The arguments for and against F1’s sprint race format


SILVERSTONE, England — Judging by reactions on social media, the majority of Formula One fans either loved the inaugural sprint race at the British Grand Prix or hated it.

The arguments for and against are varied, but we’ve done our best to split them into two camps while also getting the views of the drivers who took part in the session.


The most compelling argument for the sprint format is that it offers more competitive on-track action. On Friday there was a thrilling battle between Lewis Hamilton and Max Verstappen in the traditional Q1, Q2 and Q3 format, and on Saturday we had the added bonus of a 17-lap race before the full 52-lap event on Sunday. All the British Grand Prix weekend lost in return was a non-competitive free practice session.

The sprint also saw some action. Sure, Verstappen had it wrapped up fairly early on, but we saw him go wheel-to-wheel with Hamilton on the opening lap and we may well get to see it all over again tomorrow. Had the weekend been running to F1’s traditional format and Hamilton had made a similarly poor start in the grand prix, the chances are he would not have gained the lead back over the course of a race. Now, however, he has a good opportunity to fight back on the first lap on Sunday and turn the tables a second time on Verstappen.

On lower fuel and fresh tyres, the cars were primed for racing and, despite concerns drivers wouldn’t race each other for fear of an accident, we saw the top ten mixed up by the end of the race. If you haven’t seen the onboard footage of Fernando Alonso’s opening lap on social media, it was the perfect example of how this new format can create thrilling racing.

Alonso was helped by starting the race on fresh soft tyres while the majority of the cars ahead of him started on the medium compound. That gave Alonso a performance advantage in the opening lap, but came back to bite him later in the sprint when his tyres started to degrade and the faster McLarens passed him. Nevertheless, in a race with no pit stops there was still an element of strategy.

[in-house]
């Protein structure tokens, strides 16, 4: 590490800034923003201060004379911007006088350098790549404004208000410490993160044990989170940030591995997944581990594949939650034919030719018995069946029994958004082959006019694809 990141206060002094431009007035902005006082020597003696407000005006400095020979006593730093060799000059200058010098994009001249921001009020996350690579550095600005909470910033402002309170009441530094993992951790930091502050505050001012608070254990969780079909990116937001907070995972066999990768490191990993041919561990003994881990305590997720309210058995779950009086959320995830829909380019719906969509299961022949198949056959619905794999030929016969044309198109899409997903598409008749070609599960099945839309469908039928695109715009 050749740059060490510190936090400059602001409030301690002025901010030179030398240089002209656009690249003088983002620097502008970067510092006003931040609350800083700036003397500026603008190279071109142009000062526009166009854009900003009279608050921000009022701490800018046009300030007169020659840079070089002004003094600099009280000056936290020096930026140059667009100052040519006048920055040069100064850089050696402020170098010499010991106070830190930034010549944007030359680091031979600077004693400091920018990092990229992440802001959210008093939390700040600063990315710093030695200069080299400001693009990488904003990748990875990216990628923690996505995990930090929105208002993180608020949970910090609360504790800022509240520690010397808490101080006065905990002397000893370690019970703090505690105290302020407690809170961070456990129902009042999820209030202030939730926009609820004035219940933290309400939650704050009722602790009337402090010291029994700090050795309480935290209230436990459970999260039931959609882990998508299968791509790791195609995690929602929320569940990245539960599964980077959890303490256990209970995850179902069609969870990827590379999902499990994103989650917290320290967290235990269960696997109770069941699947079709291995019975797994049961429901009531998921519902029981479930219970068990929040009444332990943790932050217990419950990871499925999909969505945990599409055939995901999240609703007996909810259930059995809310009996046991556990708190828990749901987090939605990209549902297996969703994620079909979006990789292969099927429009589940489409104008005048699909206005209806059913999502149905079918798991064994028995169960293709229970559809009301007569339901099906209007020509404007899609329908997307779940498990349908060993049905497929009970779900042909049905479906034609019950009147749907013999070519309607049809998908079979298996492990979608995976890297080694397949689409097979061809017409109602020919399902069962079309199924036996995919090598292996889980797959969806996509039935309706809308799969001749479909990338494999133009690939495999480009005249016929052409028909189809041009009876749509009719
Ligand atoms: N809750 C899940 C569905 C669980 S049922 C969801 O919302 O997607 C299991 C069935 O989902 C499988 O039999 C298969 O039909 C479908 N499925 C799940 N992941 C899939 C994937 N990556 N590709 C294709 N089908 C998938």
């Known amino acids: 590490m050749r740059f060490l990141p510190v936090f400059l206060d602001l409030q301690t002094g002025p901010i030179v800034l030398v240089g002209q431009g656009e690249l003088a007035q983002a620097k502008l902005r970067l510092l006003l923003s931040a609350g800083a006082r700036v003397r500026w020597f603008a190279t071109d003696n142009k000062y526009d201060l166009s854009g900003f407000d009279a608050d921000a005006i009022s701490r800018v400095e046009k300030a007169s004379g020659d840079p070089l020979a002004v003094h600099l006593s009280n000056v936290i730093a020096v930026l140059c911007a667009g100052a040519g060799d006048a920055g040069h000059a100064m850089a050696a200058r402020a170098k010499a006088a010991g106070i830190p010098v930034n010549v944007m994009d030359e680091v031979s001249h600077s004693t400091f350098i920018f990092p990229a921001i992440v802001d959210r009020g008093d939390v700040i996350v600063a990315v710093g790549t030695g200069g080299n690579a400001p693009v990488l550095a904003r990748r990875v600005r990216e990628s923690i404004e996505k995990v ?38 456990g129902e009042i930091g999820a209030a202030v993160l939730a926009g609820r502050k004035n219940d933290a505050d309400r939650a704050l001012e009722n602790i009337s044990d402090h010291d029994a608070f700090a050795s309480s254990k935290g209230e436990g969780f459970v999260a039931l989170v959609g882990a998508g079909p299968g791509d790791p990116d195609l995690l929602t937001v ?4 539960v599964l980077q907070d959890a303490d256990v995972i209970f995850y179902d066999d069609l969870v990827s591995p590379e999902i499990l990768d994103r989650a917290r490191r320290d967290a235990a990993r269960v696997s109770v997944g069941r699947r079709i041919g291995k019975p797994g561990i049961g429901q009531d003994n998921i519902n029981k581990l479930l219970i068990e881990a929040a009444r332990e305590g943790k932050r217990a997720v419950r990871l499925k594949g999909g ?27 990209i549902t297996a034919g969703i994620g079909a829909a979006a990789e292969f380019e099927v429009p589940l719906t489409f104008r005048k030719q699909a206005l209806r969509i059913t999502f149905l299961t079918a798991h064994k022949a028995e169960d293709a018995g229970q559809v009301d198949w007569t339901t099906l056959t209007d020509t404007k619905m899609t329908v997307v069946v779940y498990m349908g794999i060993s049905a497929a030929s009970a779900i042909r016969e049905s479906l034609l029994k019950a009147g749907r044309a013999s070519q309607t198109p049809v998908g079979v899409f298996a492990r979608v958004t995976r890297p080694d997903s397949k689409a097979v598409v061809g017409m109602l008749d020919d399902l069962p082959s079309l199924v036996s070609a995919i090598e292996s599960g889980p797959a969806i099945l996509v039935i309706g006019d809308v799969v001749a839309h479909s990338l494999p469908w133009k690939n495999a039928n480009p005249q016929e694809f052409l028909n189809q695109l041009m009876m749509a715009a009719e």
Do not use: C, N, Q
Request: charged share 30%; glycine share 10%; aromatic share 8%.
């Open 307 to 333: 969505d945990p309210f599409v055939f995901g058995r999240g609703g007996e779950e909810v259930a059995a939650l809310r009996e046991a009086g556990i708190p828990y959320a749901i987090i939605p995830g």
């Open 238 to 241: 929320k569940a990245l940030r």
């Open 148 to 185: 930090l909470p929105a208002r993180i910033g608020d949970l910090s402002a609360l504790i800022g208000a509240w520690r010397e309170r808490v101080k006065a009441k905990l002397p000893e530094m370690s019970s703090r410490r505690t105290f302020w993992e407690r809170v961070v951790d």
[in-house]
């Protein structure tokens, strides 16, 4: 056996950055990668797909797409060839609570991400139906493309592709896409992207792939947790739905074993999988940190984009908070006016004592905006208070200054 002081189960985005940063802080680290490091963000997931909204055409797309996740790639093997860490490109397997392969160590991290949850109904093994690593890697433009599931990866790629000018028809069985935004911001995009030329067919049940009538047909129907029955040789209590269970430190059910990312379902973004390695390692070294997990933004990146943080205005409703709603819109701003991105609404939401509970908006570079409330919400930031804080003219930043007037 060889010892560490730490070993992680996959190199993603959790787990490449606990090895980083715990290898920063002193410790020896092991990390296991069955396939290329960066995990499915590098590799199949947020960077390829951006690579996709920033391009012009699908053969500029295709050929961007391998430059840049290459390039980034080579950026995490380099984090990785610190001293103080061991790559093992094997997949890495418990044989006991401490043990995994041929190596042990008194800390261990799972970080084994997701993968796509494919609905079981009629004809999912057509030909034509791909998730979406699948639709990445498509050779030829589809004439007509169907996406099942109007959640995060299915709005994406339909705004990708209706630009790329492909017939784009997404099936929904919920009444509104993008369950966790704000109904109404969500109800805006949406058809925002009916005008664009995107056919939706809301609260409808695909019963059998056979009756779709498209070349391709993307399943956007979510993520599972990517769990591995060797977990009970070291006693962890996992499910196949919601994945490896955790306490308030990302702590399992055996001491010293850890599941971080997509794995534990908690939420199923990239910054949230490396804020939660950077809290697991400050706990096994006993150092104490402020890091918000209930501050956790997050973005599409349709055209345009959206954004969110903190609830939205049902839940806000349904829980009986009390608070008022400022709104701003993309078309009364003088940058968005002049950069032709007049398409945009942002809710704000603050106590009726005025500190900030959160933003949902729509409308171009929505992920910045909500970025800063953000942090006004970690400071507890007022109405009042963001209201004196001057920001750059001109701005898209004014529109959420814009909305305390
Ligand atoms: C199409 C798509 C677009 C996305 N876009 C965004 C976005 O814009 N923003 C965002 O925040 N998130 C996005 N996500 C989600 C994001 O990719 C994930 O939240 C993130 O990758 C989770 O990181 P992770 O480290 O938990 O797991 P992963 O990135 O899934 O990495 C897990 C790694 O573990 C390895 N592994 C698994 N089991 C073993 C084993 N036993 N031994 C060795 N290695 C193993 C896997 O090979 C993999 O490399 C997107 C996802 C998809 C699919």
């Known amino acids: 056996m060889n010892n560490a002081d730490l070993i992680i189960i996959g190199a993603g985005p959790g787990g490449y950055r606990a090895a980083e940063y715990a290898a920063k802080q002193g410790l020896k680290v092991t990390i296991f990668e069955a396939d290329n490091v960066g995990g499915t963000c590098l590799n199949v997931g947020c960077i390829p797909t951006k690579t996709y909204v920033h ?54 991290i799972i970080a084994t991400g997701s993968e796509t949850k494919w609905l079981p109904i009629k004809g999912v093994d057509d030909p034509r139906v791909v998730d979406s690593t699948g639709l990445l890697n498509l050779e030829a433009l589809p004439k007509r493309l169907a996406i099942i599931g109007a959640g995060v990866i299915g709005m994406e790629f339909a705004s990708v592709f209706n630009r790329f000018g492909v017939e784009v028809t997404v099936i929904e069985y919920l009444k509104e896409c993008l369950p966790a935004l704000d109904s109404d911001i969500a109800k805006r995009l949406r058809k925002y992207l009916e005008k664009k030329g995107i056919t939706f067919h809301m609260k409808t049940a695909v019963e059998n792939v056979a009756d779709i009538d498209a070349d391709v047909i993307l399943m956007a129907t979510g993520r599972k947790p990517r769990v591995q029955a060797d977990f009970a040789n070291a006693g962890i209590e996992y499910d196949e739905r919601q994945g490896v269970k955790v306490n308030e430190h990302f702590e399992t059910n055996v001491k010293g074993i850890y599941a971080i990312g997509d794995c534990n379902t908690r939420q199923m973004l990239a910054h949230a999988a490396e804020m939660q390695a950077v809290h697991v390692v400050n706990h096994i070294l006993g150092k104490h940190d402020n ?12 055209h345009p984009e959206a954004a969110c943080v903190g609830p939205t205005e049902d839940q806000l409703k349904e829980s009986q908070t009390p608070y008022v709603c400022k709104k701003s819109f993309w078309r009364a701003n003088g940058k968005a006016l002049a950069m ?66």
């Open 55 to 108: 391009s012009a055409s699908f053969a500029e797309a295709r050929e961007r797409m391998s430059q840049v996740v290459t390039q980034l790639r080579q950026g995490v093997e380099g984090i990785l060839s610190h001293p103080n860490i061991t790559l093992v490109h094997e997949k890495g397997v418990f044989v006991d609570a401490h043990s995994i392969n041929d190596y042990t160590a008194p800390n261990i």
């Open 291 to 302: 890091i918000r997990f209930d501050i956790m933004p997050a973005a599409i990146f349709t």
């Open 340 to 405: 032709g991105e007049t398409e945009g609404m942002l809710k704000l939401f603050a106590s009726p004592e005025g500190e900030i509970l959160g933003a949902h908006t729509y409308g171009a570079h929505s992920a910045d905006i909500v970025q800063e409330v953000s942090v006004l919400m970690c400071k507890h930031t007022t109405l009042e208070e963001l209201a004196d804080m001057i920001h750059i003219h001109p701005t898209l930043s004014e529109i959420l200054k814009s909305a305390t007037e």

What’s more, Sergio Perez’s spin on lap five highlighted the jeopardy of the sprint and will see him start Sunday’s race from last place. Had he made a similar mistake in a normal qualifying session, he probably would have had time to get back to the pits and go again, but in this case it dropped him to the back of the order.

Above all else, the sprint format will only be used at some events and not all. If you don’t like it, you won’t have to put up with it at every round, but you may get the added advantage of something dramatic happening on a Saturday from time to time.


Let’s be honest, the race at the front wasn’t that thrilling. Once Verstappen was past Hamilton into Turn 1, the battle for pole was pretty much over and never looked like igniting towards the end of the sprint.

Compare it to yesterday’s nail-biting qualifying session and there’s no argument over which one built to a more thrilling climax: Friday qualifying was decided by 0.05s at the end of an hour’s entertainment, while the sprint was decided in the first few moments of a fairly processional 30-minute race.

Sure, there was some racing further down the field, but that was reliant on drivers either starting on a different tyre compound, which might not be a viable option at every circuit, or the brilliance of a driver like Alonso making the difference on the opening lap. Carlos Sainz also fought back from an early spin, but he only dropped two places overall, so it’s proof that unless you get it really wrong like Perez, you’re unlikely to mix up the order that much.

What’s more, the session acted as extended practice for the teams ahead of the grand prix. They now have a better idea of how the tyres work in a race scenario and will use that data to refine strategies and make Sunday’s race that bit more predictable. We also know that if Verstappen retains the lead away from the start, Hamilton is unlikely to have an answer of the remaining 52 laps.

There was also the tedious second practice session earlier in the day in which teams were unable to make setup changes and focused solely on high-fuel running. Sat between Friday qualifying and Saturday’s sprint, it had little relevance and gave few incentives for teams to hit the track.


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